Buko Pizanti with a friend while on leave

This photo was taken on 18th September 1918. My father Buko Pizanti is sitting on the right with a friend of his. The picture was taken in Vidin, in the park, on the banks of the Danube. In 1918 my father fought as a volunteer in World War I. He had a medal of valor despite his death sentence. My father was a volunteer in the 6th infantry division [of the Bulgarian Army] during World War I. He was sentenced to death for organizing a mutiny. His sentence was N1009, issued on 12th April 1918. He was imprisoned, because he had organized a mutiny. He was court-martialed. He was imprisoned in a barge together with his accomplices with the aim to sink it in the Danube near Vidin. But the international community managed to save them. In the end, in 1925 he was sent to prison, although he had nothing to do with the terrorist act. [Editor's note: the interviewee is referring to the bombing of the Sveta Nedelia Church] My father's trial was very frightening. He had a death sentence. I wasn't allowed at the trial, because I was young, but my mother and my sister Liza went there. My mother was deaf. When Liza returned, she cried all the time. My father was beaten a lot, they hanged him with his feet upwards for 24 hours beating him on the heels. When my father was in prison, whatever we ate, my mother always divided it into five parts. She gave him his part when she went to see him every Friday. I also went to visit him: we had to wait in line before we were allowed to go in.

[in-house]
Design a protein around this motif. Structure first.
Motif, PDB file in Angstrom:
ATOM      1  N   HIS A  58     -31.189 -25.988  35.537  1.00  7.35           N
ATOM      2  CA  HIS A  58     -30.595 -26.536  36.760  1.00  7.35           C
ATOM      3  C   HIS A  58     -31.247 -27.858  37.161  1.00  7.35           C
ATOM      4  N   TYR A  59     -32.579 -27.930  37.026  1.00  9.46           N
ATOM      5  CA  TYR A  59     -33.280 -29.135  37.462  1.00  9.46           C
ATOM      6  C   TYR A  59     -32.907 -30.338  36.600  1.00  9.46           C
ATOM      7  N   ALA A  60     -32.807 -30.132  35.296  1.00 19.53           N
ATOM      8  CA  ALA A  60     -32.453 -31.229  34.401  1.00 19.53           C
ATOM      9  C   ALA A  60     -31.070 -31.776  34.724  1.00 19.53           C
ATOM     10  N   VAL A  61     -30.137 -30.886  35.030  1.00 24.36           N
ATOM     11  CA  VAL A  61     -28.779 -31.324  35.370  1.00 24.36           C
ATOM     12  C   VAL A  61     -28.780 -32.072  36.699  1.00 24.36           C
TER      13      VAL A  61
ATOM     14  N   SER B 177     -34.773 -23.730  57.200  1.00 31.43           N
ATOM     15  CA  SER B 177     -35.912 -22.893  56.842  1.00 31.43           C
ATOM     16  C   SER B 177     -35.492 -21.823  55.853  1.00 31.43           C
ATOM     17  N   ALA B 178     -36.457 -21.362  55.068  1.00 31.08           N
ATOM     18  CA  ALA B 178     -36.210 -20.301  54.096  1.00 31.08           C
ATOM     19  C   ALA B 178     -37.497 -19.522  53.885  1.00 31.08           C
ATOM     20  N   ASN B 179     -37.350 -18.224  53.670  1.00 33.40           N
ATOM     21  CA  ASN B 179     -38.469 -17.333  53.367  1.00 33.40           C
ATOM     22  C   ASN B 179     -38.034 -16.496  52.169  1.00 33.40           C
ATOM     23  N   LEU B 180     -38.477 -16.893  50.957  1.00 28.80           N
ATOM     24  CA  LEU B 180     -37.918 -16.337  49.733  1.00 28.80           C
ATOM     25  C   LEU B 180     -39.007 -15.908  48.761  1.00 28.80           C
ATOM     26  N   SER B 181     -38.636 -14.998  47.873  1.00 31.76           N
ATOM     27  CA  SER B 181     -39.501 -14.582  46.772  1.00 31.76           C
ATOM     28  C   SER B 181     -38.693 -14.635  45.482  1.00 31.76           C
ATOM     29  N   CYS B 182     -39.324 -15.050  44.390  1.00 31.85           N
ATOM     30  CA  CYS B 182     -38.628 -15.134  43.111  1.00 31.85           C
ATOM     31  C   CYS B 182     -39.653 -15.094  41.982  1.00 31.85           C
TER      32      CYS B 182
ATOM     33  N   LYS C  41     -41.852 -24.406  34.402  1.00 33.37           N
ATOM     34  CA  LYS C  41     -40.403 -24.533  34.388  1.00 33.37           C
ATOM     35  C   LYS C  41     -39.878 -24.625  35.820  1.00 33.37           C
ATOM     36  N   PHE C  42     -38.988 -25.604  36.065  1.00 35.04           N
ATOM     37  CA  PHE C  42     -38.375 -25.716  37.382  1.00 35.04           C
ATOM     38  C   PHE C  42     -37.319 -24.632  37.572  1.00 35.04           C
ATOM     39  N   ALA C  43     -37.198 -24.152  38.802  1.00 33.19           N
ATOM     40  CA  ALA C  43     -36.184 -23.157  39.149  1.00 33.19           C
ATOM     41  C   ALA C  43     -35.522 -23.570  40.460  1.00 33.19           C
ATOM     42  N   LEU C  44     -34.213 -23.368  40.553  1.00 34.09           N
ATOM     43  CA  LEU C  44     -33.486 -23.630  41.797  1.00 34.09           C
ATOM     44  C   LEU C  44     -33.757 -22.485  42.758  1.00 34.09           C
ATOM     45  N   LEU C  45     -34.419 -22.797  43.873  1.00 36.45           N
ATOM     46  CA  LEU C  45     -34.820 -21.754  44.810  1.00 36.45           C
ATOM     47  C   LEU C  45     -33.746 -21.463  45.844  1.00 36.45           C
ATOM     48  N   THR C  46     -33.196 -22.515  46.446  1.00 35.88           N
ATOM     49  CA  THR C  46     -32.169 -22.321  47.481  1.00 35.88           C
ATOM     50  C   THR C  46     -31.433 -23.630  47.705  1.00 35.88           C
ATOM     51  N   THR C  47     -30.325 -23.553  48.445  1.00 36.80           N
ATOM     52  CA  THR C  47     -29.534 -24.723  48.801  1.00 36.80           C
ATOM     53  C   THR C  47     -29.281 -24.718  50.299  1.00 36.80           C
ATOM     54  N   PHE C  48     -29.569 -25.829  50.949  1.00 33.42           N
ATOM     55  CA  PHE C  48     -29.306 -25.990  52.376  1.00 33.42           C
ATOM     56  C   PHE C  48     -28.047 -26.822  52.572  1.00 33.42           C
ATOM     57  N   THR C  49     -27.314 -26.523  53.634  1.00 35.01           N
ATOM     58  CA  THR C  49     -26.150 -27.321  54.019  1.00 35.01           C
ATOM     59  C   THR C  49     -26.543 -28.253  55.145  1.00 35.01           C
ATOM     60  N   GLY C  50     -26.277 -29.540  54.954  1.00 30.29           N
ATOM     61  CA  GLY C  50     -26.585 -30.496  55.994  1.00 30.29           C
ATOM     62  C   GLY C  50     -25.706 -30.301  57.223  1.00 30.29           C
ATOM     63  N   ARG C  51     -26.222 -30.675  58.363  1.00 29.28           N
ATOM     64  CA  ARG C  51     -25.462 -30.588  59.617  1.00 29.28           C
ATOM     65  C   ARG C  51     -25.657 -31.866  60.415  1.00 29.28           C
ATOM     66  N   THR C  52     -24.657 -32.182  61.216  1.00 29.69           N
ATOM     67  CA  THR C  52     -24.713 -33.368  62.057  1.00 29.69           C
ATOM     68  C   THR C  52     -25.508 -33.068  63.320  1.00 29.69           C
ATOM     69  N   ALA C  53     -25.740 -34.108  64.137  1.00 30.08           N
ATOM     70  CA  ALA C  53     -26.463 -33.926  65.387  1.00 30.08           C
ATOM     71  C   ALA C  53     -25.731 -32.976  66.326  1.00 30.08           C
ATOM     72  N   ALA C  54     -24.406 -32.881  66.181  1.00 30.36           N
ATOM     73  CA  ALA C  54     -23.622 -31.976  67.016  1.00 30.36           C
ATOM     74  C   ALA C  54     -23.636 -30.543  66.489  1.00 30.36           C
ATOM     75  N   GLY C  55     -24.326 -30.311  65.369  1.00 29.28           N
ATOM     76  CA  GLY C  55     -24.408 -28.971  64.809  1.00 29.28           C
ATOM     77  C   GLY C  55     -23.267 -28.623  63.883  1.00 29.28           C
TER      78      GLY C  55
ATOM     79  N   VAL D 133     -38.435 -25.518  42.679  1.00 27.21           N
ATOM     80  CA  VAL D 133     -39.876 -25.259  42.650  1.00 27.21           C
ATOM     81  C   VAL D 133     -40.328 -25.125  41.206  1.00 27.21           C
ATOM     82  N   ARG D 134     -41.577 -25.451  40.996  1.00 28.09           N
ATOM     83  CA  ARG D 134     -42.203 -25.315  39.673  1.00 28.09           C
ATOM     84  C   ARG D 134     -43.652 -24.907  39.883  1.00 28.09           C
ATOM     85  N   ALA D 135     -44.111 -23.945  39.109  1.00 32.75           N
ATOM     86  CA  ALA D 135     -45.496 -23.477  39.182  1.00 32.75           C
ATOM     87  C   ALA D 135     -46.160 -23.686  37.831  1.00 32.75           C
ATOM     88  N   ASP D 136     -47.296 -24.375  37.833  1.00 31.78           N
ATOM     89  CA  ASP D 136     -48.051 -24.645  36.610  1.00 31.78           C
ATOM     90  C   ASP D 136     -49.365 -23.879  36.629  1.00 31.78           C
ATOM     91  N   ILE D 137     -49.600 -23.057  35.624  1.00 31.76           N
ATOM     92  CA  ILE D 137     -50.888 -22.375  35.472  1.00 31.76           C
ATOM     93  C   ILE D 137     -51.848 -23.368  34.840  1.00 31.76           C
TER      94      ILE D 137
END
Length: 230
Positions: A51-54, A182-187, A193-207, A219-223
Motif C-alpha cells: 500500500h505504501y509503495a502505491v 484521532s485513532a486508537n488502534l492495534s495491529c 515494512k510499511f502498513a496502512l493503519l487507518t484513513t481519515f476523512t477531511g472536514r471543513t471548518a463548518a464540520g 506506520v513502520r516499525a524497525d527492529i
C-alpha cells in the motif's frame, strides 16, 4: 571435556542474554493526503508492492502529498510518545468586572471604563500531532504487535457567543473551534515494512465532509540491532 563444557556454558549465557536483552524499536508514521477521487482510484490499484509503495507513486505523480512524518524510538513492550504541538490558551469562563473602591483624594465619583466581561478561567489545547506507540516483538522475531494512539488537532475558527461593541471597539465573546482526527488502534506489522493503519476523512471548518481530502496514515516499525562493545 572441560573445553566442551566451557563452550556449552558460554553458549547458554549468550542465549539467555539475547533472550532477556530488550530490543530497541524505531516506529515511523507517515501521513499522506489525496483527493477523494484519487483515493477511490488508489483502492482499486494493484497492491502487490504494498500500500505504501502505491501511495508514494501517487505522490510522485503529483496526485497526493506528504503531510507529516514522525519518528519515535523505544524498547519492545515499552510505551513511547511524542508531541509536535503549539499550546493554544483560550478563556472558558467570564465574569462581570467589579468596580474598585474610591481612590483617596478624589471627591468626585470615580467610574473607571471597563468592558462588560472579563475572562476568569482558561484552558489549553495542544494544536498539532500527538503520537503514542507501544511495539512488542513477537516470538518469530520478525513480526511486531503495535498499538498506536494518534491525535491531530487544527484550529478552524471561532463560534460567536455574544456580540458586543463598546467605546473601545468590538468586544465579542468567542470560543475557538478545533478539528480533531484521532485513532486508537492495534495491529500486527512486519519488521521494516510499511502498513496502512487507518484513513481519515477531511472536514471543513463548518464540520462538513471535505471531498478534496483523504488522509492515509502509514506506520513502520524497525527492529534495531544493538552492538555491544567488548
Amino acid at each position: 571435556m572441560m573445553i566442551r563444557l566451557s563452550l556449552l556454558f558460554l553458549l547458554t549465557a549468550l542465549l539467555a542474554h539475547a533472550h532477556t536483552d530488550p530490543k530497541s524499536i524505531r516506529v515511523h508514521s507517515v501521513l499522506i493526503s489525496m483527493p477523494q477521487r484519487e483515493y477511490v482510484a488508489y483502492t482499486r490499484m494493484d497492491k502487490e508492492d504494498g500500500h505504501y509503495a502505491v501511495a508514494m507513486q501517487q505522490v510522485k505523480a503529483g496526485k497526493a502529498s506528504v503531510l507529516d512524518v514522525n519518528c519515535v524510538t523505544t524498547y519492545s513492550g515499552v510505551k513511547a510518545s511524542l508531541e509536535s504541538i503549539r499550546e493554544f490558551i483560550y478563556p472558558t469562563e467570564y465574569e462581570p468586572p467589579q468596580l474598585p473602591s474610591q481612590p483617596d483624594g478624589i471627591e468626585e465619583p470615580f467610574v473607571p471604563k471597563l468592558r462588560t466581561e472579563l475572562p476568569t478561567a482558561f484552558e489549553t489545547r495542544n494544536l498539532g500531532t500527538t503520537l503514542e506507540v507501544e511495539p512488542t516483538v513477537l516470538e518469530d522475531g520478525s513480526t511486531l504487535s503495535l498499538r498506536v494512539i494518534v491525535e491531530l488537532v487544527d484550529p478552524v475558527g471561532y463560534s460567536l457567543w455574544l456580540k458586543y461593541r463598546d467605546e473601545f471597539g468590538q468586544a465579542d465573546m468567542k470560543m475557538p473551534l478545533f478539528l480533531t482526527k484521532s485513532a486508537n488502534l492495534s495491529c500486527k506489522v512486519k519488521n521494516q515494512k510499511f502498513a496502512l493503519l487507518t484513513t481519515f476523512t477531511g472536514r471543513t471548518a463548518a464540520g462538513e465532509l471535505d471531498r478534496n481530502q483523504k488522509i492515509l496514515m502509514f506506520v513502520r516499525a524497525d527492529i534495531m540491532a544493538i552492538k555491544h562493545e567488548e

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Mimi-Matilda Petkova

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